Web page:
It would be a lot easier if you can pass a JS object straight into WebAssembly and just have the WebAssembly change that. And this will be possible later on with specification work currently occurring in the WebAssembly community group.

But that doesn’ capital t mean that you have to wait until it’ s in the spec before you can begin working with objects. You can pass items into your WebAssembly and return these to JS today. All you need to do is definitely add one tiny library.

Linear memory, the easy  way

This collection is called wasm-bindgen . It wraps the WebAssembly component in a JavaScript wrapper.

This wrapper knows how to consider complex JavaScript objects and compose them into linear memory. After that, when the WebAssembly function returns the value, the JS wrapper is going to take the data from linear memory and turn into it back into a JS object.

JS moving the string Hello to < code> wasm-bindgen< /code>, which will all of the other work

To do this, this looks at the function signatures inside your Rust code and figures out precisely what JavaScript is needed. This works designed for built-in types like strings. Additionally, it works for types that you determine in your code. wasm-bidgen will take all those Rust structs and turn them straight into JavaScript classes.

Today, this tool is specific to Corrosion. But with the way that it’ ersus architected, we can add support with this kind of higher level interaction for some other languages  —   languages such as C/C++.

In conclusion…

Hopefully you now observe how to take control of this space… Ways to say Hello World, and hello there to the world of WebAssembly.

Just before I wrap this up, I actually do want to give credit to the people who made this project possible.

The seeds of the concept for this project came from a dancing party in a space like this We attended in Pittsburgh. But this particular project was only possible due to the amazing group of people that gathered to be able to a reality.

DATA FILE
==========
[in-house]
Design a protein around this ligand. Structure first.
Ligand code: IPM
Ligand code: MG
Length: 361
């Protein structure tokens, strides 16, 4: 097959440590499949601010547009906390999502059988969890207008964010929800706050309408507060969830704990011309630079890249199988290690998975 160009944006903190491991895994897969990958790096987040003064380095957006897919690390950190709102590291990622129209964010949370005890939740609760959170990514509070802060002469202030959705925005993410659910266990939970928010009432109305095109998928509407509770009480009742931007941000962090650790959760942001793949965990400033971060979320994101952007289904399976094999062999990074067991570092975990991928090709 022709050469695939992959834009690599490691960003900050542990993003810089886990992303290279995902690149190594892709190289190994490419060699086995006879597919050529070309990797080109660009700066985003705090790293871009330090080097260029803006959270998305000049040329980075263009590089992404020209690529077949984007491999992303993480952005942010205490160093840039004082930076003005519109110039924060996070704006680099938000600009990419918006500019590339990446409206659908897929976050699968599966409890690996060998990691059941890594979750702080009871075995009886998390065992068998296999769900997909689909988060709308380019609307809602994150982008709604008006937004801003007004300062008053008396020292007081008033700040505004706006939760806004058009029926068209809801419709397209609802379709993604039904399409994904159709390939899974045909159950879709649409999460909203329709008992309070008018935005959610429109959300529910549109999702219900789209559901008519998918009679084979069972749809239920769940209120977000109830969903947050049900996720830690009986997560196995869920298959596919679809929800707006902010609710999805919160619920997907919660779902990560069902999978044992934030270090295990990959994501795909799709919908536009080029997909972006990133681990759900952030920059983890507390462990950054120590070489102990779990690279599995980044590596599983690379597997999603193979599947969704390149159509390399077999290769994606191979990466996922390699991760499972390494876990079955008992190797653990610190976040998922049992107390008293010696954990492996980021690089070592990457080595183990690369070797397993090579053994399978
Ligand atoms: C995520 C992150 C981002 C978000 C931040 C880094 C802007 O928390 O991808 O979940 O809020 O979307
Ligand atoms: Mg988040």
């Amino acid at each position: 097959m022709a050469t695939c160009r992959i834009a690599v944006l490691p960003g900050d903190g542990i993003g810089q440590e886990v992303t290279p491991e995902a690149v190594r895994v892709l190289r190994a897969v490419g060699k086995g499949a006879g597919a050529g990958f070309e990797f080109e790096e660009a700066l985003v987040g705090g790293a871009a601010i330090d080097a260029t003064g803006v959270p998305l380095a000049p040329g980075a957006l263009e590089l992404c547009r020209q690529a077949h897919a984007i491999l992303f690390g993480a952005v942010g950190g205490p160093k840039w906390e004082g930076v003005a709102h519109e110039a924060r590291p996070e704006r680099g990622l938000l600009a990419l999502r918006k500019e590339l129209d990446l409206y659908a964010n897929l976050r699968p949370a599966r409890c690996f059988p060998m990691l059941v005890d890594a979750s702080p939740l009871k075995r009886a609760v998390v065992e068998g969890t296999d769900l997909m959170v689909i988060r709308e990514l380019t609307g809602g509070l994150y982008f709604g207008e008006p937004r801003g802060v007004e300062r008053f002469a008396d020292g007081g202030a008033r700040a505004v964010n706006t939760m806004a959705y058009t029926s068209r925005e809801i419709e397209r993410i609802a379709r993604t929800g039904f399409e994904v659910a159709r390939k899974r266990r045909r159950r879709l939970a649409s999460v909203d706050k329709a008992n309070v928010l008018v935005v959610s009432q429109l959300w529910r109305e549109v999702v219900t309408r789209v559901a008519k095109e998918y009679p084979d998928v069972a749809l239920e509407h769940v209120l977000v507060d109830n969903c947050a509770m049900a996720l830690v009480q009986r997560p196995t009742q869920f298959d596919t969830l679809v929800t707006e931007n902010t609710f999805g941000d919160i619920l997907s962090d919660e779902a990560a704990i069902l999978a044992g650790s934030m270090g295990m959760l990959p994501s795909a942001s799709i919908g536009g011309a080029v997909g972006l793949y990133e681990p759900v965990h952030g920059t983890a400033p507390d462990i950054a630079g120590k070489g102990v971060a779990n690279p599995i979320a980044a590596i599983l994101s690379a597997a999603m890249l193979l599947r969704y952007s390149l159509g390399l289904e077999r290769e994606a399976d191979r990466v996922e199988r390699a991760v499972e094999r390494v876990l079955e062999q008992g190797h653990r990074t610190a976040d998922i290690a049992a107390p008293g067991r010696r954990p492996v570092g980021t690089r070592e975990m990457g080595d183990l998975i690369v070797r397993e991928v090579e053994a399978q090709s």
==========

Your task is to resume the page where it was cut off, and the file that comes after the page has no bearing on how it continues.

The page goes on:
• Sandra Persing  —   I found her with a vision and she produced that vision real
  • Dan Brown and Maciej Pluta, who took that vision plus turned it into something much more exciting and engaging than I needed imagined
  • Till Schneidereit, who helped me figure out how all the parts fit together
  • Josh Marinacci, who created the site and produced taking control of the space possible
  • Dan Callahan, who hopped in with his development and debugging wizardry to ensure all of the pieces worked well together
  • Trevor Farrenheit Smith, who created the digital space so that everyone can feel the Arch, even if they aren’ to at the event
  • Jordan Bebenita and Yury Delendik, in whose work on WebAssembly Studio makes it possible to discuss WebAssembly with a whole new audience
  • Rustaceans: Alex Crichton, Ashley Williams, Sarah Meyers, Jan-Erik Rediger, Florian Gilcher, Steve Klabnik, Revisionist, Istvan ‘ Flaki’ Szmozsanszky, whom worked on WebAssembly Studio’ s Corrosion integration and helped new, aspiring Rust developers level up their abilities
  • The JSConf EUROPEAN UNION team for all of their hard work ensuring that we could get the project off the ground
  • Ian Brill, the designer who’ s work inspired this particular project and who’ s effort ensured we could share it together with you

Lin is an professional on the Mozilla Developer Relations group. She tinkers with JavaScript, WebAssembly, Rust, and Servo, and also pulls code cartoons.